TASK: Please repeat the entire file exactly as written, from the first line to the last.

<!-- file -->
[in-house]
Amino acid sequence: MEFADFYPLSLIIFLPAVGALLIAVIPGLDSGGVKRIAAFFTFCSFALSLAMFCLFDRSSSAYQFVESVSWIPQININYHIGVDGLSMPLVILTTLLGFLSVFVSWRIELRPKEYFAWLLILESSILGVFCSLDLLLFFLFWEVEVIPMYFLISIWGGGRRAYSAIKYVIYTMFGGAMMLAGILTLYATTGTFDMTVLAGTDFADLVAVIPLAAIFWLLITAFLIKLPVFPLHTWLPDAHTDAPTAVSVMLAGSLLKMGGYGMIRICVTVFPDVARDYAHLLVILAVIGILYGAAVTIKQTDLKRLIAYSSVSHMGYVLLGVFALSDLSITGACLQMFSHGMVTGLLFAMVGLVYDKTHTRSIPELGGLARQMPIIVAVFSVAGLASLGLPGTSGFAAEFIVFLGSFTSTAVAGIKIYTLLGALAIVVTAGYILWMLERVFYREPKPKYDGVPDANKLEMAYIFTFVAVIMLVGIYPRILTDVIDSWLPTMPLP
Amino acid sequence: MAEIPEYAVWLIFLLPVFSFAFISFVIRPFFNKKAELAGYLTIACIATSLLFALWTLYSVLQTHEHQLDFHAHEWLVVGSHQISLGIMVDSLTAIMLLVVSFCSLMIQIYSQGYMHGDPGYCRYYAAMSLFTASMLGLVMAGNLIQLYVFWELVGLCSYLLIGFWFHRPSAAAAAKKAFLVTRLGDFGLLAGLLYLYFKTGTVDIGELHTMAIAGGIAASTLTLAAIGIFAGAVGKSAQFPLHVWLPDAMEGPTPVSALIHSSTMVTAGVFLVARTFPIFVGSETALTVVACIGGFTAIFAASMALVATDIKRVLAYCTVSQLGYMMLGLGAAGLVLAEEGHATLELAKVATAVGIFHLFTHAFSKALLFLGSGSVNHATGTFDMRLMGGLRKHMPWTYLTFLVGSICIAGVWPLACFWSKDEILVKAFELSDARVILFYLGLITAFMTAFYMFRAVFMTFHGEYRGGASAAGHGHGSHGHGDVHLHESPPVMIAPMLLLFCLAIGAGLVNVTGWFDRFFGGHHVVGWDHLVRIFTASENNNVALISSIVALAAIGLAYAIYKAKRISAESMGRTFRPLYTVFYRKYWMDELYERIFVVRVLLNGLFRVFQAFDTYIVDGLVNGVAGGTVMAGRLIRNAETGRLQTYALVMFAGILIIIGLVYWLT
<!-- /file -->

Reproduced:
[in-house]
Amino acid sequence: MEFADFYPLSLIIFLPAVGALLIAVIPGLDSGGVKRIAAFFTFCSFALSLAMFCLFDRSSSAYQFVESVSWIPQININYHIGVDGLSMPLVILTTLLGFLSVFVSWRIELRPKEYFAWLLILESSILGVFCSLDLLLFFLFWEVEVIPMYFLISIWGGGRRAYSAIKYVIYTMFGGAMMLAGILTLYATTGTFDMTVLAGTDFADLVAVIPLAAIFWLLITAFLIKLPVFPLHTWLPDAHTDAPTAVSVMLAGSLLKMGGYGMIRICVTVFPDVARDYAHLLVILAVIGILYGAAVTIKQTDLKRLIAYSSVSHMGYVLLGVFALSDLSITGACLQMFSHGMVTGLLFAMVGLVYDKTHTRSIPELGGLARQMPIIVAVFSVAGLASLGLPGTSGFAAEFIVFLGSFTSTAVAGIKIYTLLGALAIVVTAGYILWMLERVFYREPKPKYDGVPDANKLEMAYIFTFVAVIMLVGIYPRILTDVIDSWLPTMPLP
Amino acid sequence: MAEIPEYAVWLIFLLPVFSFAFISFVIRPFFNKKAELAGYLTIACIATSLLFALWTLYSVLQTHEHQLDFHAHEWLVVGSHQISLGIMVDSLTAIMLLVVSFCSLMIQIYSQGYMHGDPGYCRYYAAMSLFTASMLGLVMAGNLIQLYVFWELVGLCSYLLIGFWFHRPSAAAAAKKAFLVTRLGDFGLLAGLLYLYFKTGTVDIGELHTMAIAGGIAASTLTLAAIGIFAGAVGKSAQFPLHVWLPDAMEGPTPVSALIHSSTMVTAGVFLVARTFPIFVGSETALTVVACIGGFTAIFAASMALVATDIKRVLAYCTVSQLGYMMLGLGAAGLVLAEEGHATLELAKVATAVGIFHLFTHAFSKALLFLGSGSVNHATGTFDMRLMGGLRKHMPWTYLTFLVGSICIAGVWPLACFWSKDEILVKAFELSDARVILFYLGLITAFMTAFYMFRAVFMTFHGEYRGGASAAGHGHGSHGHGDVHLHESPPVMIAPMLLLFCLAIGAGLVNVTGWFDRFFGGHHVVGWDHLVRIFTASENNNVALISSIVALAAIGLAYAIYKAKRISAESMGRTFRPLYTVFYRKYWMDELYERIFVVRVLLNGLFRVFQAFDTYIVDGLVNGVAGGTVMAGRLIRNAETGRLQTYALVMFAGILIIIGLVYWLT